Group urges more highway safety laws

Posted Feb. 07, 2010, at 9:01 p.m.

AUGUSTA, Maine — In its annual ranking of the states, the nonprofit Advocates for Highway and Auto Safety has lowered Maine’s ranking, from a state with good traffic safety laws to one that needs improvement.

“We made some changes in our criteria this year to be on the cutting edge of what is needed to make our roads safe,” Judith Stone, president of the group, said at a news conference last month. “We had several states that were green that are now yellow.”

Under the ranking system, a green state is one that has adopted most of the 15 core highway safety laws identified by the group. Yellow states, such as Maine, have adopted some of the laws, and the red states are those that have adopted less than half of the recommended measures.

“Reducing highway fatalities must be a national priority,” Deborah Hersman, chair of the National Transportation Safety Board, said at the news conference. “The number of fatalities on our highways in any given year is about eight times the number of people lost in Iraq since the war started, is four times the number of fatalities due to swine flu in 2009.”

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Sen. Dennis Damon, D-Trenton, co-chair of the Legislature’s Transportation Committee, said that Maine lost some ground by not passing a motorcycle helmet law or a measure banning all texting while driving. He said legislation addressing both issues failed last year.

“I thought we had a chance to pass a helmet measure last year,” he said, “but I couldn’t get it out of committee. And in some areas, we took a different approach to what they have suggested, like the distracted driving law we passed instead of a texting ban.”

Damon said that the state has most of the suggested laws but one area the group did not address in its report was the lack of adequate maintenance of roads. He said Maine probably would fail in that category.

“I really think that one of the biggest issues of safety and how we could improve the safety of road travel in Maine is to fix the roads,” he said.

Sen. Bill Diamond, D-Windham, the author of the distracted driving measure that became law last year, said the national group needs to look beyond simply banning the use of a single type of technology, such as texting or using a cell phone.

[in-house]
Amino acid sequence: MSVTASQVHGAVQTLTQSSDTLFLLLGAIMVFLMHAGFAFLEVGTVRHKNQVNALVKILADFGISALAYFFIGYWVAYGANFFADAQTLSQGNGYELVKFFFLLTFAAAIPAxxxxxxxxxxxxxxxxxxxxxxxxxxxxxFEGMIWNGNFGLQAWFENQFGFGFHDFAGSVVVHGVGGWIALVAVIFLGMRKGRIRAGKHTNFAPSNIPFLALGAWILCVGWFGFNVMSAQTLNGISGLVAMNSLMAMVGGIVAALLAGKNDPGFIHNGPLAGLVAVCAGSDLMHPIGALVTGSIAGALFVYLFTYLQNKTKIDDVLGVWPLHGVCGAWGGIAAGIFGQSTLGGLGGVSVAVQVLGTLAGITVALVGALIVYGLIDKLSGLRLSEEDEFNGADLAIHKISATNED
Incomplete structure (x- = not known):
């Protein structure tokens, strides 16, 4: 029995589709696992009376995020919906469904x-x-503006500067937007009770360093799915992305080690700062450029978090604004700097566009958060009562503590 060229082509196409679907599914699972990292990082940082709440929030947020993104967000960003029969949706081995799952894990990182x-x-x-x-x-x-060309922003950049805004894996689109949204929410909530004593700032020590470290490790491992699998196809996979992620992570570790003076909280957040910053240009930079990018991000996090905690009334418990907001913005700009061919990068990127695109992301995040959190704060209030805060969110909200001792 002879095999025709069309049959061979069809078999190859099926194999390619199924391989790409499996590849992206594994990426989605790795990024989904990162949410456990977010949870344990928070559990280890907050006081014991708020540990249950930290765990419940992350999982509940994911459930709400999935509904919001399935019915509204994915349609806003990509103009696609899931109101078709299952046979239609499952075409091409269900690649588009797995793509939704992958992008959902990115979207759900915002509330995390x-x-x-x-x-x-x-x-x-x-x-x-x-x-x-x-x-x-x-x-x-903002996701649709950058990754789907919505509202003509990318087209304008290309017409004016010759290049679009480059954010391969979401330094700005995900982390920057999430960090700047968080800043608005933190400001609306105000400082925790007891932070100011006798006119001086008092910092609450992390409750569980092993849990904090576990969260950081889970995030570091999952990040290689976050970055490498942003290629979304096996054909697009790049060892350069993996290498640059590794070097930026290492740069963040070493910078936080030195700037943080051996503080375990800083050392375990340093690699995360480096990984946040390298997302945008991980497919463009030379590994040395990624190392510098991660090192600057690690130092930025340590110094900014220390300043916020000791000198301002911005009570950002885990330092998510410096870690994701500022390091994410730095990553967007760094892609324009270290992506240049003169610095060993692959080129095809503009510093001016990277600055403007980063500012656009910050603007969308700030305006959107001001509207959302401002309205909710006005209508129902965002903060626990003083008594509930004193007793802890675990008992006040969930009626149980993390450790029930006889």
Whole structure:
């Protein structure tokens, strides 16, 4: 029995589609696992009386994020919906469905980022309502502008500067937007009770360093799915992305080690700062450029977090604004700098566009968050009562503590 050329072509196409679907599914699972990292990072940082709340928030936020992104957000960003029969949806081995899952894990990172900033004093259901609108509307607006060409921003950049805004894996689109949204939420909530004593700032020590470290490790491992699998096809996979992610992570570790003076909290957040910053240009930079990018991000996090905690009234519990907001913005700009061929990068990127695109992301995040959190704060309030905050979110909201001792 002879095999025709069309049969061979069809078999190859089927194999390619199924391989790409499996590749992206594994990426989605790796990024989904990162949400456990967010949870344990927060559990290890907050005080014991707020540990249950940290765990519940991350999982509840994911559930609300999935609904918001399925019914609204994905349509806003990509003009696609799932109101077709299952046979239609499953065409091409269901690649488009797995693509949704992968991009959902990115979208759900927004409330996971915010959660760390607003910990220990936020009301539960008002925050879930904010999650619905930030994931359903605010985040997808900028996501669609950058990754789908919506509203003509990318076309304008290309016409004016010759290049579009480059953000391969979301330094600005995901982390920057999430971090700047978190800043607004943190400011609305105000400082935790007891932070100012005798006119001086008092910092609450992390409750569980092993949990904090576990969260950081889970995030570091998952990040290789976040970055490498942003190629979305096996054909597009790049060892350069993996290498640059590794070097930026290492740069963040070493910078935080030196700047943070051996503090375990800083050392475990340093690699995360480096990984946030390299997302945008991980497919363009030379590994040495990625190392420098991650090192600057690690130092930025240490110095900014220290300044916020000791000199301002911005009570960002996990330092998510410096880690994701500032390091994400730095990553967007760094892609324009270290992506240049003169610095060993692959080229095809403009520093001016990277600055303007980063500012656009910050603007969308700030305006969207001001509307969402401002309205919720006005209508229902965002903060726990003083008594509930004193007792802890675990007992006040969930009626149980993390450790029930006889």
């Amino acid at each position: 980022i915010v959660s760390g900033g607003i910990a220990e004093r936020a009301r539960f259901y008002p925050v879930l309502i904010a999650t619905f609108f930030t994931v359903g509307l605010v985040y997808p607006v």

“Technology is constantly changing,” he said. “We will never keep up with all the new devices that are invented. My bill, my law, goes to any action that distracts a driver from concentrating on the road and driving, including stuff we have not yet imagined.”

Transportation Committee member Rep. Doug Thomas, R-Ripley, agrees with most of the safety goals set by the group, but said a rural state has to craft its laws to meet the needs of its residents. For example, he said, setting 18 as the age for an unrestricted license makes little sense in Maine.

“We are a rural state,” he said, “and a lot of these youngsters who get licenses need one [because] their family operates a farm or their family operates a business.”

Thomas suggested the national group should set standards based on whether states are basically rural or are urban areas with serious traffic problems.

“It’s a lot easier to issue a report than get a law passed,” said Sen. Joe Perry, D-Bangor, also a member of the Transportation Committee. “The real problem is that we can’t legislate good judgment.”

He said the state has several safety measures in laws that are working to make the state’s highways safer, such as its drunken driving measures.

Secretary of State Matt Dunlap said Maine has crafted its graduated driver’s license laws to fit the state. He said the reason young drivers have more accidents is that they are inexperienced. Maine law seeks to limit distractions young drivers may have by banning their use of a cell phone and not allowing another young person to accompany them in the vehicle when they first have a license, he said.

“The real issue here is the individual driver,” he said. “The driver has to play the critical role, and that will not change if you put in a stricter policy.”

Dunlap said Maine has been using the graduated license approach for about a decade, and believes it is working to improve safety on the roads.

While the recommendations of the group are worth exploring, Damon said, he doubts Maine lawmakers will consider any in this session. Some were considered and rejected in the first session of this Legislature and lawmakers are faced with significant budget issues to resolve in the few months remaining in the session, Damon said.

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